1. They were operating out of an over-abundance of caution. We are talking about politicians, after all, and nobody wants to jump to conclusions that prove to be wrong — especially on such a sensitive topic. Even President Obama didn’t invoke the r-word — at least directly — in his remarks Thursday. Of course, Obama rarely uses that specific word. Instead, he referred to racism by citing “a dark part of our history” and said, “This is not the first time that black churches have been attacked, and we know the hatred across races and faiths pose a particular threat to our democracy and our ideals.”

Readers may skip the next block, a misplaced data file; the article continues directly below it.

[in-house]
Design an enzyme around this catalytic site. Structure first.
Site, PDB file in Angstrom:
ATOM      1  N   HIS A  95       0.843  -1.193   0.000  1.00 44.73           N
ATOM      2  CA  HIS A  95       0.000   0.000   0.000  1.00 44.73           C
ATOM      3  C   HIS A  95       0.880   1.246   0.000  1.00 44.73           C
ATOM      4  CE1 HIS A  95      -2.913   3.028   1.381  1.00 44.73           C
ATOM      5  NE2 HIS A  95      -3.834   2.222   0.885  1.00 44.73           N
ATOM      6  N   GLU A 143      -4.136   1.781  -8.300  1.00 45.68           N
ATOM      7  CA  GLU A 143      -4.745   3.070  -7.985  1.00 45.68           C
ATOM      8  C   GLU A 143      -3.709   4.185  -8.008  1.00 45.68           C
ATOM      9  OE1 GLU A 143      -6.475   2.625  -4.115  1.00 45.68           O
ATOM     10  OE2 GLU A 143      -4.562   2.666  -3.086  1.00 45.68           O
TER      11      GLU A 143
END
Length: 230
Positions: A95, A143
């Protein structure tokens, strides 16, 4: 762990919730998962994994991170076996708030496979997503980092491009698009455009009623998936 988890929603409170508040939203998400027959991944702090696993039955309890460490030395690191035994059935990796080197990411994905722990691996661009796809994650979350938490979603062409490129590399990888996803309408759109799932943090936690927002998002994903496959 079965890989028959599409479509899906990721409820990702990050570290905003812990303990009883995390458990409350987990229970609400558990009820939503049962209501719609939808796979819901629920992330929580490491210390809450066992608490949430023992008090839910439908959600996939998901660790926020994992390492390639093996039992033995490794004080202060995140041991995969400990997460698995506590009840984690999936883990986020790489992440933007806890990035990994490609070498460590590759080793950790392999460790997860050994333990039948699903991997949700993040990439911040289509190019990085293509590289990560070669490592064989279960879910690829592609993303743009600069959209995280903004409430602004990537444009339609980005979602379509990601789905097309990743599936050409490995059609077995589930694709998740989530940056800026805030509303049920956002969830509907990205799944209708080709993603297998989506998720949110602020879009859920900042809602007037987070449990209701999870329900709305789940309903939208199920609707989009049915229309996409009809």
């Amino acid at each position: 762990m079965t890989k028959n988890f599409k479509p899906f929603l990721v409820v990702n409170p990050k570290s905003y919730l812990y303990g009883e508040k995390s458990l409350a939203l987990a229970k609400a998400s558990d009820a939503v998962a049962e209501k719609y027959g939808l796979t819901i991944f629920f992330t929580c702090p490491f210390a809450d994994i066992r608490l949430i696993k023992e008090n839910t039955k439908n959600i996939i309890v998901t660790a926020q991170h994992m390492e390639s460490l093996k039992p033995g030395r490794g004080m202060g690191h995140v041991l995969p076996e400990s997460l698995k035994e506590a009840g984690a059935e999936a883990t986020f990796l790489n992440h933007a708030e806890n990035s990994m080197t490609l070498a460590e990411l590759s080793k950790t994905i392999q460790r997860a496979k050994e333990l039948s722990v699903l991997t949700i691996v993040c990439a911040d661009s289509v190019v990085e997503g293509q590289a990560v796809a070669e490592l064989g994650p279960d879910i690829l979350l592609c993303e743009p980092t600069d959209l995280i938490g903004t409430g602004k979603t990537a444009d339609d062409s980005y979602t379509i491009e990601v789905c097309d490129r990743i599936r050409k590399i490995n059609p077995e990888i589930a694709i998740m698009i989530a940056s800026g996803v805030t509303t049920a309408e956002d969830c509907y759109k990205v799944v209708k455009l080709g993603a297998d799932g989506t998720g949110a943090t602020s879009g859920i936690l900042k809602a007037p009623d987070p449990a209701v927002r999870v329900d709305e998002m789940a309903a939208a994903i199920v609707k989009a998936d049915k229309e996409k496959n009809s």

2. They know that their party is often pegged as the white party. And it is overwhelmingly white. Maybe they feared that any acknowledgement of racism — no matter how explicit or slight — would open some sort of invisible floodgate sending a lot of water the party’s way. And since the party has aligned itself with policies such as Voter ID and bans on Affirmative Action in higher education admissions, there’s a chance that whatever emerges from a more earnest discussion about racism would eventually be troublesome for their party. (And sure enough, we have now begun a full-scale discussion about how Republicans feel about the Confederate flag — an issue that has regularly beguiled GOP candidates.)
3. Perhaps they saw the Charleston shooting as an opportunity to begin a debate about religious liberty — an issue much more in their party’s wheelhouse.